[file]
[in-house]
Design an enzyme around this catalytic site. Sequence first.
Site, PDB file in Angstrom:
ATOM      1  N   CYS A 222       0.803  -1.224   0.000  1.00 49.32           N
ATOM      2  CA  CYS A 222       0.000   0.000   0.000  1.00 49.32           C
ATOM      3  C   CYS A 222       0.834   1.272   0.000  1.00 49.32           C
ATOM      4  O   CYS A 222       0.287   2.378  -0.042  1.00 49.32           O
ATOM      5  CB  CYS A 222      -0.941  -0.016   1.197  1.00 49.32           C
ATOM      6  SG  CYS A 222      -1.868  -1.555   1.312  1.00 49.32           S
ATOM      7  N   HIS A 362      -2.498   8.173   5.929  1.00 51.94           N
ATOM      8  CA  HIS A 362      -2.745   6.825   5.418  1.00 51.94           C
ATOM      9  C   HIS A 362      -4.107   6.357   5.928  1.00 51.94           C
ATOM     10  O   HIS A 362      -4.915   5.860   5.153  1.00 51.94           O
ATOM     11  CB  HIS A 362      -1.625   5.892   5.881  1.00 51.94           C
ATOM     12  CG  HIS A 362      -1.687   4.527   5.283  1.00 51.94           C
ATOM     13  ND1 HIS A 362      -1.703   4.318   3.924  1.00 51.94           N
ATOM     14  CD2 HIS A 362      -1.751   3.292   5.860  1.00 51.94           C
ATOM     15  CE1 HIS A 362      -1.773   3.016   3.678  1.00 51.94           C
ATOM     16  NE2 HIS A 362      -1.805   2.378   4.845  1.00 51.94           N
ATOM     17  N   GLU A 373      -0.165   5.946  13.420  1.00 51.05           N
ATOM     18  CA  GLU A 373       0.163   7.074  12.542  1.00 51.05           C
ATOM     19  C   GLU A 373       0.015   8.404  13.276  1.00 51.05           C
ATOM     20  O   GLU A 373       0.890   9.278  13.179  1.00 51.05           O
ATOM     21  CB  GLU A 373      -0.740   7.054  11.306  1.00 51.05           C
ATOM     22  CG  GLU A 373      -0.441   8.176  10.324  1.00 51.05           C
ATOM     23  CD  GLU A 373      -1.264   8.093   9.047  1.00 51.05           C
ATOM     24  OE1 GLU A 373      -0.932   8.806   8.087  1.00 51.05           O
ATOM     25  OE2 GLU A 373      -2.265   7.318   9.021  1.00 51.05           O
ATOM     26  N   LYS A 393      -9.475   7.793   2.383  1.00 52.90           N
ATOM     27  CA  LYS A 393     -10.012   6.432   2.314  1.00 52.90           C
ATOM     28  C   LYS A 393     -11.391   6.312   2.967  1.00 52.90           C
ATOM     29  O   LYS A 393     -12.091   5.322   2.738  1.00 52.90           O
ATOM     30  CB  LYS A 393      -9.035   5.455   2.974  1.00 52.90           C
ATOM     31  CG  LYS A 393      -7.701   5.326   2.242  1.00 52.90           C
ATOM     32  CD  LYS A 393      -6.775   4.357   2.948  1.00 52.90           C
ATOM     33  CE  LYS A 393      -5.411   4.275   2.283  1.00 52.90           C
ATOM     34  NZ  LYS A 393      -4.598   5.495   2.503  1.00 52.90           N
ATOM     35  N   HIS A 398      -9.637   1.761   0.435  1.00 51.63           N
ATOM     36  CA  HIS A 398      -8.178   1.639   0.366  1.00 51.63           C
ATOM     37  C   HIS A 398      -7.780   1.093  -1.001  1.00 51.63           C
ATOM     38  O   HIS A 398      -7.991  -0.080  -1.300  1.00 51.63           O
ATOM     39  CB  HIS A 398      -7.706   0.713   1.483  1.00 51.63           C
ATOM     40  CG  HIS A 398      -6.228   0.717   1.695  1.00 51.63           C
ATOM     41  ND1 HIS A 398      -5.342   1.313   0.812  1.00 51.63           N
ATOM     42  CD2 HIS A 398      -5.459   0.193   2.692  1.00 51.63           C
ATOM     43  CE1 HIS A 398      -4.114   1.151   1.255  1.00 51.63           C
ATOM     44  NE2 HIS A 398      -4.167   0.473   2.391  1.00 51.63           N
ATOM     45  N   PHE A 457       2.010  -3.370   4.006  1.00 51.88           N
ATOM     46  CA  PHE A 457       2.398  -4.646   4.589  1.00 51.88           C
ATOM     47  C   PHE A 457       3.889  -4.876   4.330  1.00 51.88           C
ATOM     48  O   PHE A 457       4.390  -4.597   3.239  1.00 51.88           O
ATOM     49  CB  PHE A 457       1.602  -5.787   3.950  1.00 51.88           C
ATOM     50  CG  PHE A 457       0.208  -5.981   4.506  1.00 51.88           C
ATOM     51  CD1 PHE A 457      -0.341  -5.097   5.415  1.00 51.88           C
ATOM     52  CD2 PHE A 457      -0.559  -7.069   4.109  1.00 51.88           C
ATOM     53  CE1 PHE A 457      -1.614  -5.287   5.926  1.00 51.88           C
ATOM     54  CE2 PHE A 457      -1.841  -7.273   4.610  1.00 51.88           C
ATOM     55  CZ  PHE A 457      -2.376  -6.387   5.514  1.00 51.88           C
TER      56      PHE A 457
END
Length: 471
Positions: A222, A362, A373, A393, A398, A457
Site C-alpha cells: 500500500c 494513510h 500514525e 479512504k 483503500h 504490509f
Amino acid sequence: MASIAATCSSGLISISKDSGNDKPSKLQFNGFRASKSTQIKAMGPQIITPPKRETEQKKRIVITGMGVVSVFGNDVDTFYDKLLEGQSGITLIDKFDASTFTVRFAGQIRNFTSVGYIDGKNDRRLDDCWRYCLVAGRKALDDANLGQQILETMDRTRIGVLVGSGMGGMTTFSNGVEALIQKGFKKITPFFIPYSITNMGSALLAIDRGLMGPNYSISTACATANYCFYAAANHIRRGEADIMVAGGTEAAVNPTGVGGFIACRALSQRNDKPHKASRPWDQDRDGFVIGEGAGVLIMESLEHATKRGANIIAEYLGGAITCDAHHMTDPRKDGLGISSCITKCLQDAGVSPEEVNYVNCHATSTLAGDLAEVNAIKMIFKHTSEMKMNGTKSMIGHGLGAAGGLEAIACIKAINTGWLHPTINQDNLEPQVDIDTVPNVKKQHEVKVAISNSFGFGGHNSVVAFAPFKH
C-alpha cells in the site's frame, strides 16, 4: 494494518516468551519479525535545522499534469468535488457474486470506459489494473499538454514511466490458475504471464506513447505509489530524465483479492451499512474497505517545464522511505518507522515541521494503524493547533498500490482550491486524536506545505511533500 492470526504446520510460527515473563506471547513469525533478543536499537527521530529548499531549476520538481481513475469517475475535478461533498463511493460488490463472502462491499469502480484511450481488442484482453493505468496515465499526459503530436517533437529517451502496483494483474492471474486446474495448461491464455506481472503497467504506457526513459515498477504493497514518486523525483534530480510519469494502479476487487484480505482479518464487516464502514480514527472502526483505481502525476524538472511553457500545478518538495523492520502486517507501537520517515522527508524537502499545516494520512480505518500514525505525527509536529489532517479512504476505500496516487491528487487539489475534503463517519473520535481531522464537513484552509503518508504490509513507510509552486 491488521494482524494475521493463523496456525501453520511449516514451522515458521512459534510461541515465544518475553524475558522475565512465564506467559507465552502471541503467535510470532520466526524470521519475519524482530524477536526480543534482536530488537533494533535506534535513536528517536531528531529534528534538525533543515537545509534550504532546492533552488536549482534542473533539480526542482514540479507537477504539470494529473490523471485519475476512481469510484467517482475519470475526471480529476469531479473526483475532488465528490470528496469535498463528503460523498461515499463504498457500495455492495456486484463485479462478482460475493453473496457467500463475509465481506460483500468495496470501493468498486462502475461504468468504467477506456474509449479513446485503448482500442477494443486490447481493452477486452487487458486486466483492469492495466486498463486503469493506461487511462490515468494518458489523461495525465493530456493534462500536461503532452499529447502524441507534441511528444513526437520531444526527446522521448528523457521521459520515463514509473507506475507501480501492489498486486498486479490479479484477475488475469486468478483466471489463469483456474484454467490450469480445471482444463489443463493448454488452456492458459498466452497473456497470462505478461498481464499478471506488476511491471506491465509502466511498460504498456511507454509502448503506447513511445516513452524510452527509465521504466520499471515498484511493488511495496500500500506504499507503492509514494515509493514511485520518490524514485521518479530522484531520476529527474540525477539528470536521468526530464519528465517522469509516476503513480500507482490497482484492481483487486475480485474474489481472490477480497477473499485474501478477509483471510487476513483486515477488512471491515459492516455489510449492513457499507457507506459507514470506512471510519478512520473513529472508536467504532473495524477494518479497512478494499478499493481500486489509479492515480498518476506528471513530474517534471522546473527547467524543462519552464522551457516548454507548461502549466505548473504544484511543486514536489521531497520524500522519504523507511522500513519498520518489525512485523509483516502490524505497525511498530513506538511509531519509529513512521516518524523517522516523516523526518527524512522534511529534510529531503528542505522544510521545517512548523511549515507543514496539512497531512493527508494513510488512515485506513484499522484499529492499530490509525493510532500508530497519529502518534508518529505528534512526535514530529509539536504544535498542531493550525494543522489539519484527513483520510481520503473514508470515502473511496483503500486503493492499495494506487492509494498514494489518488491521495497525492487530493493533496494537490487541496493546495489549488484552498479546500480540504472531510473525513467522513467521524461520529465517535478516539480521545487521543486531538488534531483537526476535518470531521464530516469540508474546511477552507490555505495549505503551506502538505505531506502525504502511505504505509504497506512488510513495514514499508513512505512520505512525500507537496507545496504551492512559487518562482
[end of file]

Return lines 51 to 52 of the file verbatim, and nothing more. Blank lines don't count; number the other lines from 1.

ATOM     48  O   PHE A 457       4.390  -4.597   3.239  1.00 51.88           O
ATOM     49  CB  PHE A 457       1.602  -5.787   3.950  1.00 51.88           C